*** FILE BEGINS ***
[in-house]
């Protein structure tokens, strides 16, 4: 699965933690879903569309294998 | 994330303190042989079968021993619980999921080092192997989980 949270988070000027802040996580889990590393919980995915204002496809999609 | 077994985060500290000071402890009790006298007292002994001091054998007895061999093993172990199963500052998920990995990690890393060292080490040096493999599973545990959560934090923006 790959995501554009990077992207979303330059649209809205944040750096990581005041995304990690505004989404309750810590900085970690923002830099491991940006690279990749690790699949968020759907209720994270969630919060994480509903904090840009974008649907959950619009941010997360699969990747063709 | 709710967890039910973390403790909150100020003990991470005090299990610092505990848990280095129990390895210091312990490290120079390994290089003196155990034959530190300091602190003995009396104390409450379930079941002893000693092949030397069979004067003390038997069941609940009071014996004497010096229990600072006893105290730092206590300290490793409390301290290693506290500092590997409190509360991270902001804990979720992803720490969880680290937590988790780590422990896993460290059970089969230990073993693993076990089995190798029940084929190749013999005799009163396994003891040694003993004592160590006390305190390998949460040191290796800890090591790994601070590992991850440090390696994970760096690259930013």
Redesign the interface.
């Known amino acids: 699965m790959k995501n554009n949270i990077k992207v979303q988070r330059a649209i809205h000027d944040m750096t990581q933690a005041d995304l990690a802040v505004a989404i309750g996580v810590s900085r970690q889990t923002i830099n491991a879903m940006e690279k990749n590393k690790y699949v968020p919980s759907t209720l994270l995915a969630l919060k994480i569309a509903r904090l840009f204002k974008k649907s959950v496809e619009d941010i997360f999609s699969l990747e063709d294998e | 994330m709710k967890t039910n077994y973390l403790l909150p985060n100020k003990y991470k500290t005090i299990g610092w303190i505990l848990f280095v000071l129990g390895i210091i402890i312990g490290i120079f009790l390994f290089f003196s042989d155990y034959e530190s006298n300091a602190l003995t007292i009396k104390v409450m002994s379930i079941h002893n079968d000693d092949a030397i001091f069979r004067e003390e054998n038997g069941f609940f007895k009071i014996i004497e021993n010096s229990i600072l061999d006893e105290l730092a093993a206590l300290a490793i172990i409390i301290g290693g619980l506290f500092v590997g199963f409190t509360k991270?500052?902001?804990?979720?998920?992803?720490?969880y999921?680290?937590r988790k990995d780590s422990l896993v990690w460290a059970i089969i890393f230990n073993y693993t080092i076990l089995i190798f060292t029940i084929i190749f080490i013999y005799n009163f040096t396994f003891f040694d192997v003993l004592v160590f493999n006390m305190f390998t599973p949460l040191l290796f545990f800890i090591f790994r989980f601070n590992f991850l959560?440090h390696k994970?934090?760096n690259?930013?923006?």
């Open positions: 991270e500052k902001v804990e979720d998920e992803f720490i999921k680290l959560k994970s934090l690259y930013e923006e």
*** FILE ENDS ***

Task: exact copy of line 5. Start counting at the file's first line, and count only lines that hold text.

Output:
């Open positions: 991270e500052k902001v804990e979720d998920e992803f720490i999921k680290l959560k994970s934090l690259y930013e923006e």